Muhammad’s uncle Abu Tali, was a man of high status in Mecca. He acted as the protector of Muhammad. However, when Muhammad kept insulting the Quraishis' gods, Abu Talib did nothing to stop him from doing that. So, many of the Meccan nobles went to Abu Talib and asked him to request his nephew Muhammad not to insult their gods. Abu Talib, a non-Muslim, was a man of fair judgment, and promised to talk to Muhammad.

Muhammad probably disregarded Abu Talib's appeal not to insult the gods of the Quraishis as Muhammad insult of their gods continued. As a result, animosity between the Muslim camp and Quraishis kept growing. The Quraishis, unable to bear Muhammad's continued insult of their gods, went to Abu Talib a second time. They were more forceful this time in their warning against Muhammad's increasing insult of their gods, his discrediting of their customs and dishonoring of their forefathers. They demanded that Abu Talib put an end to Muhammad’s arrogant behavior and language. Abu Talib promised them to talk to his nephew again. Muhammad refused to listen to Abu Talib's emotional appeal for not to insult the Meccans' gods and traditions.

When Muhammad refused to stop insulting the Quraishi gods, Abu Talib anticipated that they may harm Muhammad. So, in order to preempt any possible hostile action of the Quraish against his nephew, Abu Talib asked some lineages of Quraish (Banu Hashem, and Banul Muttalib) to join him in protecting Muhammad. All responded positively except for one man that Muslims call Abu Lahab. They went to the Ka'ba with Abu Taleb, where he threatened kill the Meccans to the last one should any harm befall Muhammad.

Abu Lahab was the immediate uncle of Muhammad. He had a dignified name, “Abd Al Uzza”. The word “Uzza” in Arabic signifies high status. However, Muslims changed the names of such decent persons to something horrible, just because they did not agree with the message of his Islam.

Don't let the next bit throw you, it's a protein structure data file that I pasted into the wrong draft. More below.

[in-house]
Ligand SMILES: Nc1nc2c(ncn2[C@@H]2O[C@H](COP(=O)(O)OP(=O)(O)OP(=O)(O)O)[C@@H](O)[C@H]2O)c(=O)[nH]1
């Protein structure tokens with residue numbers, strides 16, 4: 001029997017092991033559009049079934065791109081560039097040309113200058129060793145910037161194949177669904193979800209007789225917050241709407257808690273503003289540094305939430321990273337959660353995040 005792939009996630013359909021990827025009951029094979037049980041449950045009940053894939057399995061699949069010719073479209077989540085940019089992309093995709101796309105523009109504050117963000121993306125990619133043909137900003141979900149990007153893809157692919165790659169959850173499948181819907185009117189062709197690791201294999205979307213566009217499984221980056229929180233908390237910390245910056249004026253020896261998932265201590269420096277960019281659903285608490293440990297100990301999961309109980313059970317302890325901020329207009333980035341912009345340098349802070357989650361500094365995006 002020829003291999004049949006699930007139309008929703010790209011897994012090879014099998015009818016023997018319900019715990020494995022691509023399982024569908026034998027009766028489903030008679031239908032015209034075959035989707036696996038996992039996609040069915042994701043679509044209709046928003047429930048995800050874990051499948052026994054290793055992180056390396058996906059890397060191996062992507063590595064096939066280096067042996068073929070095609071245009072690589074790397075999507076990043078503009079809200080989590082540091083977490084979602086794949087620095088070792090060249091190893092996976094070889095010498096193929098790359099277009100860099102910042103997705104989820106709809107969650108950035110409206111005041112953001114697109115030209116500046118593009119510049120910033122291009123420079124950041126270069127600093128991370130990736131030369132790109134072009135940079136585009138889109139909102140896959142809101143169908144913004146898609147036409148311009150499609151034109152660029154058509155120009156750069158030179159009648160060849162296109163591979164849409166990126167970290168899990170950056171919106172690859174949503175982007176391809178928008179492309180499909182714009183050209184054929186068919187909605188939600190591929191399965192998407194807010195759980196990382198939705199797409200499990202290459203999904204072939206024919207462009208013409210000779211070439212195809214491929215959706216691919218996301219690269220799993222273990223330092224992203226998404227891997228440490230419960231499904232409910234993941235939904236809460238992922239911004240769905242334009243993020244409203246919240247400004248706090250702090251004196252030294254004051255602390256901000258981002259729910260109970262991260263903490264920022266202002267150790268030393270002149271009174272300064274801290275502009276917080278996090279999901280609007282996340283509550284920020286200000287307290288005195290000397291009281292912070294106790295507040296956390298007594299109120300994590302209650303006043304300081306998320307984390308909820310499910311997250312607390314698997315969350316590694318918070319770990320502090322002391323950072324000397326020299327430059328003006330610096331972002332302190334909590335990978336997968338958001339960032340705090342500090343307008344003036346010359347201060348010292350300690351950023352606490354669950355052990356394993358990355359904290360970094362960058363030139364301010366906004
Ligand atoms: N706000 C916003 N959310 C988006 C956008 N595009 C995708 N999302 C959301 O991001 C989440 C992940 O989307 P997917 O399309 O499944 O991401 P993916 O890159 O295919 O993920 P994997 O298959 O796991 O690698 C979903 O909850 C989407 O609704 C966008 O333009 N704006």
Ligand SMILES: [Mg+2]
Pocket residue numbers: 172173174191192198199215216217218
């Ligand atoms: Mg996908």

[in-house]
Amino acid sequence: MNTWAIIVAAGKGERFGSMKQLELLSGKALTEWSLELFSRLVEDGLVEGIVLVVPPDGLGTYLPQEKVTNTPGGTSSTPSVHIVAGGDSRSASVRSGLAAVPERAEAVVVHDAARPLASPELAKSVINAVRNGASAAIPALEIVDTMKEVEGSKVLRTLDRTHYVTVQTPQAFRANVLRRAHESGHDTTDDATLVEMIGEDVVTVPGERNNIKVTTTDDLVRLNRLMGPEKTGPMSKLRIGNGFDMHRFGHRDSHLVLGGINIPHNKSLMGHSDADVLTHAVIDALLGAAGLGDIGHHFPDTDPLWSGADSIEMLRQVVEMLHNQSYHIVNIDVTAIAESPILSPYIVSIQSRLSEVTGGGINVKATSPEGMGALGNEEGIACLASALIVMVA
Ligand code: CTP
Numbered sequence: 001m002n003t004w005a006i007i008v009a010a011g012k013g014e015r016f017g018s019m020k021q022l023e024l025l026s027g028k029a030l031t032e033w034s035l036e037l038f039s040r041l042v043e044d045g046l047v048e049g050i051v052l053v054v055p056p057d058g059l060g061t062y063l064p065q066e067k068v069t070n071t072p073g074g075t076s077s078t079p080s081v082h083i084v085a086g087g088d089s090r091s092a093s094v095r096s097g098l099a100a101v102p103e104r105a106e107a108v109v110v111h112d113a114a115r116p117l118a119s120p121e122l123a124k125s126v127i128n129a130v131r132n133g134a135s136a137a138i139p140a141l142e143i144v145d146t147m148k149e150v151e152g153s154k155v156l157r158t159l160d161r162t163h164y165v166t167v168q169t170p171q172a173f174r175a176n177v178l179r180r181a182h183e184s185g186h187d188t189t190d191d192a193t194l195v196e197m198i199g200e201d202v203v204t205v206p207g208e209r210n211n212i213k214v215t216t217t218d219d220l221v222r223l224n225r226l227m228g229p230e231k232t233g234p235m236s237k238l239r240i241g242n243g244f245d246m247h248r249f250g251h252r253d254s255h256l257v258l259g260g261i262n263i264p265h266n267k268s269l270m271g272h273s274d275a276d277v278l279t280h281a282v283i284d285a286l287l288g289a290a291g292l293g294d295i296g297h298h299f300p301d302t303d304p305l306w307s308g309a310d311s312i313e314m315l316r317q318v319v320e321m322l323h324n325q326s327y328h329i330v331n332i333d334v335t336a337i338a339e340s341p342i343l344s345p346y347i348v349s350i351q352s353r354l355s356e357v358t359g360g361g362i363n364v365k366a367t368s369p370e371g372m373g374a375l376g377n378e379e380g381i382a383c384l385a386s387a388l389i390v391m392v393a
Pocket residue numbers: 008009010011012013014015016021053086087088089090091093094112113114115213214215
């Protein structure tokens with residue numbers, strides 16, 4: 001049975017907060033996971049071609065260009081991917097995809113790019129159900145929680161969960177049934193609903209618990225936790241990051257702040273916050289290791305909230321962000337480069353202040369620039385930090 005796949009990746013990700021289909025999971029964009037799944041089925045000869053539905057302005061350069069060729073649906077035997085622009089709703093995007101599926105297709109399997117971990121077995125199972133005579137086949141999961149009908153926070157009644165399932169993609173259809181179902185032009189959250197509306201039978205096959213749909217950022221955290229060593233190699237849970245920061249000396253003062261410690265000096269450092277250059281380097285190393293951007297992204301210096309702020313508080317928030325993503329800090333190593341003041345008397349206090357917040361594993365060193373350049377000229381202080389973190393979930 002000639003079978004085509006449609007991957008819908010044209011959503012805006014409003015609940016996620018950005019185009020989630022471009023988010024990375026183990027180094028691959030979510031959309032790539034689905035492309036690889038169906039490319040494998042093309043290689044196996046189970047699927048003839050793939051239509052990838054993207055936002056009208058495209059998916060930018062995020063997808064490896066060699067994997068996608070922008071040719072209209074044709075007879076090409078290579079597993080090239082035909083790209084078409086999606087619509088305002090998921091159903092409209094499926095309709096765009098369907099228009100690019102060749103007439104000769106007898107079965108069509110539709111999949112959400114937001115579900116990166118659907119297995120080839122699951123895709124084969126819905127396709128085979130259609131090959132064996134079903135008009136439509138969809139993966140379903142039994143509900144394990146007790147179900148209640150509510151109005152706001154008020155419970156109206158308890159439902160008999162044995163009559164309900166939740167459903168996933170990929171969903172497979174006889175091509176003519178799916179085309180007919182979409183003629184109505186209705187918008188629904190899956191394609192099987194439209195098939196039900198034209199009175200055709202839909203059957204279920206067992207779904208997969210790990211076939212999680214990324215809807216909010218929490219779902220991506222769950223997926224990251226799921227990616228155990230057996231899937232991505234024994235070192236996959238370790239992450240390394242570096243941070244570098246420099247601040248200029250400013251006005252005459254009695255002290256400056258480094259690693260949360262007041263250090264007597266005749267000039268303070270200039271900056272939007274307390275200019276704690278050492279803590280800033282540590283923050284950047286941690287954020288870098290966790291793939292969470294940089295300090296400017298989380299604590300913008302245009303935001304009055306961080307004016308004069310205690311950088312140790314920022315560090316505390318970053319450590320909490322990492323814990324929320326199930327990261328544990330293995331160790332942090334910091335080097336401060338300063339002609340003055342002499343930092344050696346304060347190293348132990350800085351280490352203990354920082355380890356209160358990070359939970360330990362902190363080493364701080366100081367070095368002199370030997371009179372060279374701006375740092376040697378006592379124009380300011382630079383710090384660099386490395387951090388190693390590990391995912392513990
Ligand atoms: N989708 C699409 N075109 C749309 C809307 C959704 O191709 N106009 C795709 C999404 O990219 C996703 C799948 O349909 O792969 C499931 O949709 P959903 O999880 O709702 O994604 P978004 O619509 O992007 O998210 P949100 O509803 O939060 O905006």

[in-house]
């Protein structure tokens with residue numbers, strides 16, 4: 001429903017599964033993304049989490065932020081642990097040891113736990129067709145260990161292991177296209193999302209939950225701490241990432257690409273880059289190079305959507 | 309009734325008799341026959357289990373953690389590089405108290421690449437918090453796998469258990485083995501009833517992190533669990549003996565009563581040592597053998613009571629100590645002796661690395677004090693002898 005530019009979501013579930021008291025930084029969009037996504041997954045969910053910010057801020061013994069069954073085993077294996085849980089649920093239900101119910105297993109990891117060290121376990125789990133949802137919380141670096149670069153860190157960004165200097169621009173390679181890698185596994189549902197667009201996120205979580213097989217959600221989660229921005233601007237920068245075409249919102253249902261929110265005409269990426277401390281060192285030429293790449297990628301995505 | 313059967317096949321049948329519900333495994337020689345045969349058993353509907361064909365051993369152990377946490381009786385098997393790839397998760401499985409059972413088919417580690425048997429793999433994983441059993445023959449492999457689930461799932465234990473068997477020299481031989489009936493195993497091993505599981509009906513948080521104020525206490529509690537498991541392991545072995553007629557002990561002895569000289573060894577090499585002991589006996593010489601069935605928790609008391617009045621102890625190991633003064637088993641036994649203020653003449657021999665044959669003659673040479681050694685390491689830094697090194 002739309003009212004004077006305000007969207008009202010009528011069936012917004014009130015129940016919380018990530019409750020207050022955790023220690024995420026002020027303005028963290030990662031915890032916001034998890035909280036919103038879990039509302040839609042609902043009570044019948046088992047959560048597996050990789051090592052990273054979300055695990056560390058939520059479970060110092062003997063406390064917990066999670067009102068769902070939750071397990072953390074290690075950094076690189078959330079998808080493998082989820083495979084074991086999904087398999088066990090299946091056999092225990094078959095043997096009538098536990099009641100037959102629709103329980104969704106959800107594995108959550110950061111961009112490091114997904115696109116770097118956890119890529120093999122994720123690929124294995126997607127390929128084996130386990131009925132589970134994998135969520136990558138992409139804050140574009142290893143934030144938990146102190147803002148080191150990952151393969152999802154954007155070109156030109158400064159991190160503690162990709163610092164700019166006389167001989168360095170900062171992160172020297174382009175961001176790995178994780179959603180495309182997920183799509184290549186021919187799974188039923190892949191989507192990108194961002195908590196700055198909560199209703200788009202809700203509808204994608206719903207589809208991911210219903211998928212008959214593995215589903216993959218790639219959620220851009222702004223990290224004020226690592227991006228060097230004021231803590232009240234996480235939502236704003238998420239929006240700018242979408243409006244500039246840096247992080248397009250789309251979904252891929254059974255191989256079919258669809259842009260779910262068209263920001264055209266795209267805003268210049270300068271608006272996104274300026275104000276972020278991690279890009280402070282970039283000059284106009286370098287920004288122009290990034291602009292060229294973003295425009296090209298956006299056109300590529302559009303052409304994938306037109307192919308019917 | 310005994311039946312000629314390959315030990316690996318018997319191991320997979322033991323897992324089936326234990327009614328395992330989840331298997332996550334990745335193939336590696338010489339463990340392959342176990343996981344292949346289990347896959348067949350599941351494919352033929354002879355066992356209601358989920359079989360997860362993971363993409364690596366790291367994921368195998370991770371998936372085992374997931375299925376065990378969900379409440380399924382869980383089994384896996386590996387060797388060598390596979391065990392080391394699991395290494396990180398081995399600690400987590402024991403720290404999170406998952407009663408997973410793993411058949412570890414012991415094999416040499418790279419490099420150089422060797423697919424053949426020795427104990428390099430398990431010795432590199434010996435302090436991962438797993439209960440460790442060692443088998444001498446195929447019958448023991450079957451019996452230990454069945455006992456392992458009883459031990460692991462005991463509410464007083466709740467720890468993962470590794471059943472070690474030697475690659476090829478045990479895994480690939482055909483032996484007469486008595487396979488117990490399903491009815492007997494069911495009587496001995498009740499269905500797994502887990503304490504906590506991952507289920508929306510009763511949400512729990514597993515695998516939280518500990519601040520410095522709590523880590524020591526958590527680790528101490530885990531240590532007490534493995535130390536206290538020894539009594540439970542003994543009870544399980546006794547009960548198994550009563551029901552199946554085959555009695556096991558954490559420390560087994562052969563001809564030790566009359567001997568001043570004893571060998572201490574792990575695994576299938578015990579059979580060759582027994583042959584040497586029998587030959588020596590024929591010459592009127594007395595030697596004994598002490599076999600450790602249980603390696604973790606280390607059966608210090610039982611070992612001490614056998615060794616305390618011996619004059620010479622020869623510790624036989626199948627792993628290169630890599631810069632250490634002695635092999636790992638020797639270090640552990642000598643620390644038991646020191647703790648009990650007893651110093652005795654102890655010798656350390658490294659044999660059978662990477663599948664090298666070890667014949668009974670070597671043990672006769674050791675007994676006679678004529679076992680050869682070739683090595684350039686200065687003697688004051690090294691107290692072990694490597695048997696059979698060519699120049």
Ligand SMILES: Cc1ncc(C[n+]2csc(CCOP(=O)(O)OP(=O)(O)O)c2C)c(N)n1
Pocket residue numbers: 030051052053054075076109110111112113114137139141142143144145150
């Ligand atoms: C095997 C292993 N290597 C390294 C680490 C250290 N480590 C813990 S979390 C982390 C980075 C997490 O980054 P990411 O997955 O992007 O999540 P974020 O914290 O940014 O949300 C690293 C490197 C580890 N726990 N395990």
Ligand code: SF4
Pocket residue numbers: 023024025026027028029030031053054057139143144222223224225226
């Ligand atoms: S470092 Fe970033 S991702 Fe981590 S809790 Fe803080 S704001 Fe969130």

When Abu Talib—Muhammad's unwavering protector despite being a Pagan—died in 619 AD, Abd Al-Uzza took the mantle of leadership of the family of Abd Al Muttalib, including as protector of Muhammad. Later on, he heard that Muhammad was consigning all of his dead Pagan forefathers to eternal hellfire. When Abd Al-Uzza asked Muhammad about it, Muhammad affirmed the same. This infuriated Abd Al-Uzza and revoked his protection of Muhammad. Nonetheless, Muhammad continued living in Mecca for 2-3 more years until he emigrated to Medina in June 622 AD.

Muhammad was a very vindictive man, and never forgot anyone who took a decision against him, however justified. Muslims follow suit. Muhammad changed this great man’s name to “the father of flame”, indicating that he is hell-bound. Another great wise man of Mecca, whose name was changed by Muhammad in such insulting manner, was Abul Hakam. He was an honorable wise man, and people fondly called him Abul Hakam, meaning “Father of Wisdom”. But because he was the wisest person, therefore a potent critic of Muhammad's religious message and ideas, Muhammad gave this wise man the name Abu Jahl, which means “Father of Ignorance”. Muslims to this day know him by this insulting name only.

Conclusion: Contrary to the Muslim belief and propaganda, Islam's very own and most reliable historical documents prove that it was Muhammad who started insulting the Pagan Quraishis' gods and religions in Mecca, which aroused them to mock and criticize Muhammad and his Islam in expected retaliation. It was Muhammad's followers, who first shed blood in response to the Quraishis' criticism and mocking of Islam. And there is no evidence that the Quraishis engaged in violence against Muhammad and his followers even in revenge.


Author’s Note: For a thorough discussion of the hostile events between Muhammad and his disciple and the Meccans, one is advised to read the first few sections of chapter III of M. A. Khan’s book, Islamic Jihad.